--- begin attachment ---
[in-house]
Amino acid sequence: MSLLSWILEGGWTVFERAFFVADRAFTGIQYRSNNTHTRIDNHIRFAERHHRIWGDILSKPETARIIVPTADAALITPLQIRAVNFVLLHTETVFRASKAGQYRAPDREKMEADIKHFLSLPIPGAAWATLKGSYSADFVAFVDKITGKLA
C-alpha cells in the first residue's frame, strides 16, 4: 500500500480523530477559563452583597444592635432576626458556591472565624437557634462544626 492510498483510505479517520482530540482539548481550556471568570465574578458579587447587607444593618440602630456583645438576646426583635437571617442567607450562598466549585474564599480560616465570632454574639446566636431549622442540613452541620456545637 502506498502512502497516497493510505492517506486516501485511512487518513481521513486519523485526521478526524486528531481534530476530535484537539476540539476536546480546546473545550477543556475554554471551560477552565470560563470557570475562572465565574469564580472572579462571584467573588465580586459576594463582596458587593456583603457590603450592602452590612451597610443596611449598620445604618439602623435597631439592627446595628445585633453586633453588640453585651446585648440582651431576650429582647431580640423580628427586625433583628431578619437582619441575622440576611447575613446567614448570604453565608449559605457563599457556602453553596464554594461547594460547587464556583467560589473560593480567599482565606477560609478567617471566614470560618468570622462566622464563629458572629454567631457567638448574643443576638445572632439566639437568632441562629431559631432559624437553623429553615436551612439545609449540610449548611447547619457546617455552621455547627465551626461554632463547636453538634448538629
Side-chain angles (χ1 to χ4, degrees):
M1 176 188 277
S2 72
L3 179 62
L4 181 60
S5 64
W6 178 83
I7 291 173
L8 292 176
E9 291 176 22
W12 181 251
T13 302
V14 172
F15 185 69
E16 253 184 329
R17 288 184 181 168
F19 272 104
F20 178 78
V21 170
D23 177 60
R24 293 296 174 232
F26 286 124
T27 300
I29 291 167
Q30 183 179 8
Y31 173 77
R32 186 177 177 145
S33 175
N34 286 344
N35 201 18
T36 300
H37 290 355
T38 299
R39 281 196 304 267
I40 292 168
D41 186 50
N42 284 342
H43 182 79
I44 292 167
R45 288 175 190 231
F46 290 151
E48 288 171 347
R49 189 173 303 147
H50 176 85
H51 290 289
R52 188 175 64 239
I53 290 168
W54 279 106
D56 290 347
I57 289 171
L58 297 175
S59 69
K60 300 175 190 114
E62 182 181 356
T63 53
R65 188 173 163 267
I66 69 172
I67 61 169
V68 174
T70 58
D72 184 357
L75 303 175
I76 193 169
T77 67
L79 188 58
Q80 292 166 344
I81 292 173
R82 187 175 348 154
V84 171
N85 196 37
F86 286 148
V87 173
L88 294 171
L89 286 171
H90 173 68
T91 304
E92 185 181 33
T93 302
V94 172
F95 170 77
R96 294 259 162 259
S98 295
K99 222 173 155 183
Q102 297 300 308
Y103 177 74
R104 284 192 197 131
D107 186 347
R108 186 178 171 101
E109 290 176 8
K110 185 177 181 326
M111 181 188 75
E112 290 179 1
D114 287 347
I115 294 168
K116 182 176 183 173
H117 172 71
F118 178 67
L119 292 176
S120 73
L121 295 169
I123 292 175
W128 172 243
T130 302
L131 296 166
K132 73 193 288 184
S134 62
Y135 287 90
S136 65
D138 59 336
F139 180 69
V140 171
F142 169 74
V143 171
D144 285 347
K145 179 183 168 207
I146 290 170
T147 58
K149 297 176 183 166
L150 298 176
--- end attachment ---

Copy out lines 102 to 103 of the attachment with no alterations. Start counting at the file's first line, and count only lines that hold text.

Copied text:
S120 73
L121 295 169